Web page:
Let’s go over the laundry list of what the 2011-2012 Los Angeles Clippers accomplished this year:
- .606: Their best winning percentage ever, years in Buffalo and San Diego included
- 40 wins: Their 8th highest total ever…even with only a 66-game season
- 2nd Place in the Pacific Division: Only the 2nd time they’ve ever finished that high (2006) in LA, and only the third time overall (1974-75)
- Wins a playoff series for the 3rd time ever
- Wins their first ever 7 game series
- Wins a playoff Game 7 for the first time ever
- 2 NBA All-Stars: Only the second time two players were ever selected to the All-Star team together (1976: Randy Smith & Bob McAdoo in Buffalo)
- 2 NBA All-Star Starters: The first time any Clipper was selected an All-Star starter, let alone two at the same time
- Chris Paul on 1st Team All-NBA: This isn’t official yet, but I would be incredibly surprised if Chris Paul wasn’t the first 1st Teamer since Bob McAdoo in 1976
- Breaks a 17-game losing streak in San Antonio, dating back to January 31st, 2002
- Breaks a 16-gamer losing streak in Utah, dating back to January 21st, 2004
In short, this has been the greatest Clippers season in their entire 42 year history, including their brief, but slightly more successful tenures in Buffalo and San Diego. A team who’s basketball plans always laid in the future, owner Donald Sterling finally had a squad that was ready for the present. Faced with unprecedented preseason expectations, the Clips in many ways exceeded them. Now merely dark horse pick to make a run to the NBA Finals, at one time many had lofty expectations that this team could be title contenders. They finished the season with 40 wins, good for a .606 winning percentage, slightly better than their 1974-1975 Buffalo Braves antecedents. Within those 40 W’s includes two wins that broke gigantic losing streaks in the fortresses of San Antonio and Utah, dating back nearly a decade.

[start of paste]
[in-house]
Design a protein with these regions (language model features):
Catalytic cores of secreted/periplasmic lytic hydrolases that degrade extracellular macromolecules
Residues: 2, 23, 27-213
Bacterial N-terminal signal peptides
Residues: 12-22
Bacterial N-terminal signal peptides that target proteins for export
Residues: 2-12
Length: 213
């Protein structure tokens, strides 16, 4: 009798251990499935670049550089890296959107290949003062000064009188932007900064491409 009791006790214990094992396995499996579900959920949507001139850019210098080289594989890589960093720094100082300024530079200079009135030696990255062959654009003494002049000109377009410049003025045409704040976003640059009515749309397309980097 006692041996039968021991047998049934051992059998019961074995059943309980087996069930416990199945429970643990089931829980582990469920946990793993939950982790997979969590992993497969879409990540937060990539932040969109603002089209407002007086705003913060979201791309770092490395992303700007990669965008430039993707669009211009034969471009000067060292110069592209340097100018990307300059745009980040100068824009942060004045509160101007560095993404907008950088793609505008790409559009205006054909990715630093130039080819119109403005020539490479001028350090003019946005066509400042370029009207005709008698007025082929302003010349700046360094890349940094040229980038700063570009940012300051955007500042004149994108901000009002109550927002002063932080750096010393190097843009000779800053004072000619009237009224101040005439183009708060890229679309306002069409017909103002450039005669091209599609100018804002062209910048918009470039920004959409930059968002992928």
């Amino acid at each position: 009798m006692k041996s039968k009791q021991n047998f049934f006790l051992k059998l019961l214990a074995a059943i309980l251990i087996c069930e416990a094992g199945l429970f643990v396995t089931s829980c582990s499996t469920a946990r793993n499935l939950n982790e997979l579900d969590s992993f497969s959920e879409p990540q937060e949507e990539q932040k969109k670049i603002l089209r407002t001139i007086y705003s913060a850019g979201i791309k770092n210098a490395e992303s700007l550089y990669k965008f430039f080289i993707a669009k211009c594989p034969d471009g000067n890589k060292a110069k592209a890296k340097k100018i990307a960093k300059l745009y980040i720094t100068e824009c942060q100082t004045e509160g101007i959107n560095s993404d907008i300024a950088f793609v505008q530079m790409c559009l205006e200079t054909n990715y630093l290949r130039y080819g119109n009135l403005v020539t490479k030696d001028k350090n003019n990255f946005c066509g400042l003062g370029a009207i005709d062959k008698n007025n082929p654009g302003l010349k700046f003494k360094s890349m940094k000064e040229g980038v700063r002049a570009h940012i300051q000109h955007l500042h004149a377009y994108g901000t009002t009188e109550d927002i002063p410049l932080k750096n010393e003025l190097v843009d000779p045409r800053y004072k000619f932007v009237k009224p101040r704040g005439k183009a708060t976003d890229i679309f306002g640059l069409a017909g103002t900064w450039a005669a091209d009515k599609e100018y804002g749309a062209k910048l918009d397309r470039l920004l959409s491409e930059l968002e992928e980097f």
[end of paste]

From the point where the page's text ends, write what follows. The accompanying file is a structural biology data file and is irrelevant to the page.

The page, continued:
Individually, two Clippers reached heights previously unimaginable by almost any duo in the past. Both Blake Griffin and the newly acquired Chris Paul (instantly the best player in franchise history upon the trade) were named All-Star starters. In Paul’s case, he’s a shoo-in for 1st Team All-NBA, with Griffin under consideration by many for 2nd or 3rd team honors. But even all the achievements as a team and as individuals couldn’t describe how prolific this particular season of Clippers basketball was.
The Griffin-coined “Lob City” was a nightly Sportscenter Top 10 highlight in waiting. With Chris Paul, Chauncey Billups and Mo Williams supplying the passes and DeAndre Jordan and Blake Griffin throwing down the dunks, the Clippers became “must-see TV” literally overnight. Griffin threw down buckets with a ferocity not seen since the days of the Reign Man, his epic flushes over Kendrick Perkins and Pau Gasol overshadowing how important both games were within the context of the season. Chris Paul, whose health had long been in question, seemed to not only be fully functional, but channeled the ghosts of Isaiah’s past. The Clips were winning, and spectacularly at that. Tickets for the red, white and blue suddenly (and shockingly) became the hottest in town. For years, Clippers seats were the ones you’d buy when your home team came to town and rather than splurge on halfway decent Lakers tickets, you bought lower bowl seats outside Staples Center for half face value. The Clippers tickets weren’t just a dime a dozen – they b… Read more...